A gluten-free diet is salvation for an estimated 18 million Americans living with celiac disease, though another 16 million choose to lose that particular protein because it upsets their tummies.
Those Mayo Clinic statistics, from a report this summer, suggest the reason it is so much simpler to identify and buy gluten-free foods than it was a decade ago.
Gluten, a protein found in the grains that swell America’s bread basket — wheat, rye, barley and semolina, a grain in many spaghettis — has the disquieting ability to destroy the celiac lining of the small intestines in some people. That’s where hairlike villi absorb the nutrients that food delivers.
“And when they’re gone, we get no nutrients from our food,” said Betty Barfield, president of the Gluten Intolerance Group of North Texas. “We can eat like a horse and starve to death, because we are not getting the nutrients from our food.”
That condition, in turn, leads to other ailments that can include diabetes, osteoporosis, migraine headaches and memory loss, she said.
Gluten-free eating pops up occasionally as a fad diet. But is being gluten-free healthier even if you don’t have gluten intolerance or celiac disease?
“Unless they have a true celiac disease, we don’t recommend people to go on a gluten-free diet,” said Robyn Wilson, a nutritionist with Longview Regional Medical Center. “It’s a very limited diet. It’s probably one of the hardest diets to work, because there are so many foods you cannot have.”
Dr. Julian Deese, medical director at Good Shepherd Medical Center’s Institute for Healthy Living, says to keep it simple, avoid processed foods.
“You might be able to lose weight as you’re walking up and down grocery store aisles looking for gluten-free products,” he quipped. “Keep it simple, because whole foods are gluten free. ... Packaged foods sneak in gluten and wheat products as filler.”
Deese, and Good Shepherd Medical Center Weight Management Director Laurie Beck, offer five parameters and five pearls on the gluten topic:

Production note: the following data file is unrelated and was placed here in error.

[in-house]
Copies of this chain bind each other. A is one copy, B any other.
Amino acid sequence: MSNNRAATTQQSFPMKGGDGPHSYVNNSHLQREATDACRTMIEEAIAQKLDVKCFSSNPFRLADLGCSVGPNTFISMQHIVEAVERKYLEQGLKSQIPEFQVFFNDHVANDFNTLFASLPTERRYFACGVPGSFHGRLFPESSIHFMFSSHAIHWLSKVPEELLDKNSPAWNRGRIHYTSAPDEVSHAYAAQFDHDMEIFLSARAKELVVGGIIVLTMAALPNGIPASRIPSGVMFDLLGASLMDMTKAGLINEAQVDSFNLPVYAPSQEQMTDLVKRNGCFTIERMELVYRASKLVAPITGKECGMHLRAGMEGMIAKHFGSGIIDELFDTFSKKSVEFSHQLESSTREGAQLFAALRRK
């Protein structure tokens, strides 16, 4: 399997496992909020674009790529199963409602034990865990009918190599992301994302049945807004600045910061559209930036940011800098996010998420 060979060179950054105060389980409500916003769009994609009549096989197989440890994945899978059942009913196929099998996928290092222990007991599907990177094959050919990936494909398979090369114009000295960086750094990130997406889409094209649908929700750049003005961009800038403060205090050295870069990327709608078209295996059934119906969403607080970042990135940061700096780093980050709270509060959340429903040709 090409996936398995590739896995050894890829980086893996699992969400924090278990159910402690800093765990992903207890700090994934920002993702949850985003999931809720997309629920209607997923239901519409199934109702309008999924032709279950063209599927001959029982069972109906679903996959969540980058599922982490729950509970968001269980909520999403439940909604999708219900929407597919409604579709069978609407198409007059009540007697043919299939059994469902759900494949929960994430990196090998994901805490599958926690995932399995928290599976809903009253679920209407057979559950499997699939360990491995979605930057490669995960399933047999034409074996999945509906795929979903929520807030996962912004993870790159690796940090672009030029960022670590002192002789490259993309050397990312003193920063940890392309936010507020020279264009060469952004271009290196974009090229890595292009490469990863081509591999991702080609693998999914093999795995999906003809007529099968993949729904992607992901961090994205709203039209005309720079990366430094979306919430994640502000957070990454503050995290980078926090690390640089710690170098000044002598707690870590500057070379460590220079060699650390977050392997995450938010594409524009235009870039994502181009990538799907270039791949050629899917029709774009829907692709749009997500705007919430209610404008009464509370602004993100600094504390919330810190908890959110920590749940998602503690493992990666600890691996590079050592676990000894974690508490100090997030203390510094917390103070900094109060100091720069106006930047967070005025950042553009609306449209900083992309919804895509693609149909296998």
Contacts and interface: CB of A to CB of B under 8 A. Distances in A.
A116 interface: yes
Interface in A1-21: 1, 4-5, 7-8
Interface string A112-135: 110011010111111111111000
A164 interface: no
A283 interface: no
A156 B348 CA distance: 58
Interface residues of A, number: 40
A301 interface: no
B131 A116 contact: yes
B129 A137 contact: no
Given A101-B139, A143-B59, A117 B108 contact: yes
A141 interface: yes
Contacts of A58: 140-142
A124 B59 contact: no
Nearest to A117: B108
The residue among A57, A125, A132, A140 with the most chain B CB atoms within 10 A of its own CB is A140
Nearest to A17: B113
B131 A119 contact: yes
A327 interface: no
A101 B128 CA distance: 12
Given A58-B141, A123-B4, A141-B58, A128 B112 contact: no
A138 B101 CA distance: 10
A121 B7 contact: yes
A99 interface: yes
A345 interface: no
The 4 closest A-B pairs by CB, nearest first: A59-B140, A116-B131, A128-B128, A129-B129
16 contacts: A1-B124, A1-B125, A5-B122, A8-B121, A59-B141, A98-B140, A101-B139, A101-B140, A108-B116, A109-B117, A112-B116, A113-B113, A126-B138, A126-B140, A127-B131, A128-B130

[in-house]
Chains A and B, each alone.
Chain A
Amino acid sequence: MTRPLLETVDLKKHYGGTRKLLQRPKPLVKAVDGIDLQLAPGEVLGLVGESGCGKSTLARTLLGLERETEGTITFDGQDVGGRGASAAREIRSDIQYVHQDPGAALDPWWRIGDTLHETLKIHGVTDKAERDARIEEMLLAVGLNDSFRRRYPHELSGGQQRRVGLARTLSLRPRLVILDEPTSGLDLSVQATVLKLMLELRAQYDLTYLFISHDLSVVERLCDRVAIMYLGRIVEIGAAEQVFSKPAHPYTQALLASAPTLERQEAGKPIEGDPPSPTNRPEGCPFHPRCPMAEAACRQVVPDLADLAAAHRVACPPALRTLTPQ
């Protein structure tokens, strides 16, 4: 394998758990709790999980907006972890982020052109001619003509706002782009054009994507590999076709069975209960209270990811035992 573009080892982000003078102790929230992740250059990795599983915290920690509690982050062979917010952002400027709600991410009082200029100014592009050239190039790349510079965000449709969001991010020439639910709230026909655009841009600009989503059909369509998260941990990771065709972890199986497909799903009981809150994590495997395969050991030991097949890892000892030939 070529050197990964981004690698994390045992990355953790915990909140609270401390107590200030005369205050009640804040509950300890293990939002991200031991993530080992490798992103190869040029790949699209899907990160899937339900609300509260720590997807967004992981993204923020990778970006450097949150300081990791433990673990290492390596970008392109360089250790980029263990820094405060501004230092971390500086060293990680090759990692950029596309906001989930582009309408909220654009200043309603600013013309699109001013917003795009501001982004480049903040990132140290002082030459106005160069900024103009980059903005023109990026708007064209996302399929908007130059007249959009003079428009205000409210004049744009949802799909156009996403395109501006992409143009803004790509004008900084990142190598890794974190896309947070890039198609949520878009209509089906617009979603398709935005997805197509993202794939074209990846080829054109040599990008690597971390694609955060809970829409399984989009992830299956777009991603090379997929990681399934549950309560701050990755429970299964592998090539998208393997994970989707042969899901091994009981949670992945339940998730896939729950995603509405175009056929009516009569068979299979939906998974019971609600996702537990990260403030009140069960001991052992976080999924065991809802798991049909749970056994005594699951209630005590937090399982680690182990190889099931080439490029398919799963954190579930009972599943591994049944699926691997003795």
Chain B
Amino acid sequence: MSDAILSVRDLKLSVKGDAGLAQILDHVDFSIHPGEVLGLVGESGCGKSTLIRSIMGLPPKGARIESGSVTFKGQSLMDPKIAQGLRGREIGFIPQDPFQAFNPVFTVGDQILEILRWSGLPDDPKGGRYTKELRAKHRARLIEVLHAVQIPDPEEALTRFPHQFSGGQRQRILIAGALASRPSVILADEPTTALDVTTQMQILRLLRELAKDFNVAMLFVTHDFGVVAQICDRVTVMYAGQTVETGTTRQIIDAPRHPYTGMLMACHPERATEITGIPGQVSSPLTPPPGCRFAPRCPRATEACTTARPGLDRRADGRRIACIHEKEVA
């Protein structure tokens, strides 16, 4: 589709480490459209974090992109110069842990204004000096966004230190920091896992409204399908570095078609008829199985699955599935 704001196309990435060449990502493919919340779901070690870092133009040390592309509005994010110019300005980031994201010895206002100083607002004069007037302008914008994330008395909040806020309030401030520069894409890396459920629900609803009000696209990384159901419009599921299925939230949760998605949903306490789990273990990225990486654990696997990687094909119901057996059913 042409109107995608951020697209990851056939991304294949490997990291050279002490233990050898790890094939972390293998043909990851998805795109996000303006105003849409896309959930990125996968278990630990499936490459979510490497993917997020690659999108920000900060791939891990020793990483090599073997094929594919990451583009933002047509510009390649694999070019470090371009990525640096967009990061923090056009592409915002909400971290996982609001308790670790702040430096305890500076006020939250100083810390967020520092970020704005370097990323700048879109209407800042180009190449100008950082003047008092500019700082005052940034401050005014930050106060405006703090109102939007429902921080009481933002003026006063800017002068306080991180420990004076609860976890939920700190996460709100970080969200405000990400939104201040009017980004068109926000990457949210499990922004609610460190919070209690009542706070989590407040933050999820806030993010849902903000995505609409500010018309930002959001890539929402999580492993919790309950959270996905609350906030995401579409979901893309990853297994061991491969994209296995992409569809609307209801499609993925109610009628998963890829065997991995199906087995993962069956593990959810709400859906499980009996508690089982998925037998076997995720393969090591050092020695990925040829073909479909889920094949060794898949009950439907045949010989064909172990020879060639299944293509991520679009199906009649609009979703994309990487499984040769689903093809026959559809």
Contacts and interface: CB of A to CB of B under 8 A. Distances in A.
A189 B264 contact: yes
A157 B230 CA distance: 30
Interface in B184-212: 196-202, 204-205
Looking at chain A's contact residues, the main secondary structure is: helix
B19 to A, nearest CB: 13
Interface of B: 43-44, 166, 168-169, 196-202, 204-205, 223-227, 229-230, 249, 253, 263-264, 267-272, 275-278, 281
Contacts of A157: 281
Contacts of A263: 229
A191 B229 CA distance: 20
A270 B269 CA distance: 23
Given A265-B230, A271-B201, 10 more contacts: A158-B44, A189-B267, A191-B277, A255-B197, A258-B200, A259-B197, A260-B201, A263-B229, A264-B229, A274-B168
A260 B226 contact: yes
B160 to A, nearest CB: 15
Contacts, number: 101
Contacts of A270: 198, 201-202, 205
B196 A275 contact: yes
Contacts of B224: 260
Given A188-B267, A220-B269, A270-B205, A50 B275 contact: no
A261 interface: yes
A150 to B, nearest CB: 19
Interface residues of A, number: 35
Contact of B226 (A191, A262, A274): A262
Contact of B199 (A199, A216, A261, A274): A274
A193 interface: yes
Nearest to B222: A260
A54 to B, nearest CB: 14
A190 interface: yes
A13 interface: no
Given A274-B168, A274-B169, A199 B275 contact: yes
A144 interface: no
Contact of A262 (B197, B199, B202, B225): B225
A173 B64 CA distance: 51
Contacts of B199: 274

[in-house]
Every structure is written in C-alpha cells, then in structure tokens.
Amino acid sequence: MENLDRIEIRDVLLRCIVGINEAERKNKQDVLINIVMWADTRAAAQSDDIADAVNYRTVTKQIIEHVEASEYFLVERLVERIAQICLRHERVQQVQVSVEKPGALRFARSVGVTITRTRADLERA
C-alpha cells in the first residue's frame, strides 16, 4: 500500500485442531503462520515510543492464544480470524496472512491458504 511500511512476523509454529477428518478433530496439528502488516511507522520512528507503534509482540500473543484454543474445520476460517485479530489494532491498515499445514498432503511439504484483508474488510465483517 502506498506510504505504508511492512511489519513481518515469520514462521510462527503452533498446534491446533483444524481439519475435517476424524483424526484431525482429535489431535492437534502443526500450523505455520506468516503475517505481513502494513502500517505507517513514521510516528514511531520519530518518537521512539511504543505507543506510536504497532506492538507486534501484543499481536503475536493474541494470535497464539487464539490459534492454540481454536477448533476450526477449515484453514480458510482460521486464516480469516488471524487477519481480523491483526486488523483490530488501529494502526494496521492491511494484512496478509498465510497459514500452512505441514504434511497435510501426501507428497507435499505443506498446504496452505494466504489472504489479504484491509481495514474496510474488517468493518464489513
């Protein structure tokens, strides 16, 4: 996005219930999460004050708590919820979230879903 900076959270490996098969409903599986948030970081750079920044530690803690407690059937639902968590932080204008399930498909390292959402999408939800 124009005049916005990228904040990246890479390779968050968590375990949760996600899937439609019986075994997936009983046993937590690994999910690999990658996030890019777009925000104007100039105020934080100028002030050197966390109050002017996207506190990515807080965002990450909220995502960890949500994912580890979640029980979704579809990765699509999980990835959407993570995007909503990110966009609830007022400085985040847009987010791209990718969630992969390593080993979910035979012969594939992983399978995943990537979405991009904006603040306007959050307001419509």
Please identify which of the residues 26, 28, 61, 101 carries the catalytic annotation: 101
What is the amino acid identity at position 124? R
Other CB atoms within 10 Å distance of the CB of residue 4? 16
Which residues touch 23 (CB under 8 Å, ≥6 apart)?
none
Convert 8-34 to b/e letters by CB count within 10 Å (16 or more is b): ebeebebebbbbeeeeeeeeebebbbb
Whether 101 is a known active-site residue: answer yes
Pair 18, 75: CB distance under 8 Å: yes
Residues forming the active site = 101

Gluten sensitivity is rare;
It often masquerades as abdominal cramping, bloating, constipation and diarrhea (remember, “ABCD”);
Manifestations overlap into skin diseases and other ailments;
Intolerance is not the same as an allergy;
Wheat and soy are the most common food allergies, followed by shellfish, nuts and milk.
Avoid pre-packaged foods;
Watch for cross-contamination, foods that wouldn’t seem to have anything to do with wheat often use it as filler;
Avoid processed foods, including all condiments;
Eat more whole foods such as fruit, vegetables, nuts, beans, fish and poultry;
Symptoms of milk intolerance and gluten intolerance can resemble each other, so it’s easier to first go without milk for 60 days to see if that helps.
Barfield, whose group has about 500 members in Fort Worth and Dallas chapters, said it’s becoming easier to go gluten free than when she was diagnosed in 1989.
“People diagnosed nowadays don’t realize how fortunate they are, because there are so many products on the market and so many restaurants on board now,” Barfield said, describing the challenges traveling always brought as she asked waiters about gluten-free fare. “And nobody knew what it meant.”
Many health food shops now color-code the shelf tags of gluten-free products, which by their nature can’t logically be grouped on one aisle.
Jack Bode, the namesake of Jack’s Natural Foods in Longview, said products that have passed the RS-Elisa certification will sport a wheat kernel inside the proverbial circle with a bar across it.
And there are alternate grains and other staples with which to create breads and other alternatives to gluten-based foods. Those include qui noa, (pronounced, “keen-wah”), an ancient Inca grain enjoying revival in healthy menus.
“You can go with buckwheat, garbanzo (beans), millet, potato flour, soy, oats — all of them are gluten free,” Bode said. “It’s a pretty big field, gluten free.”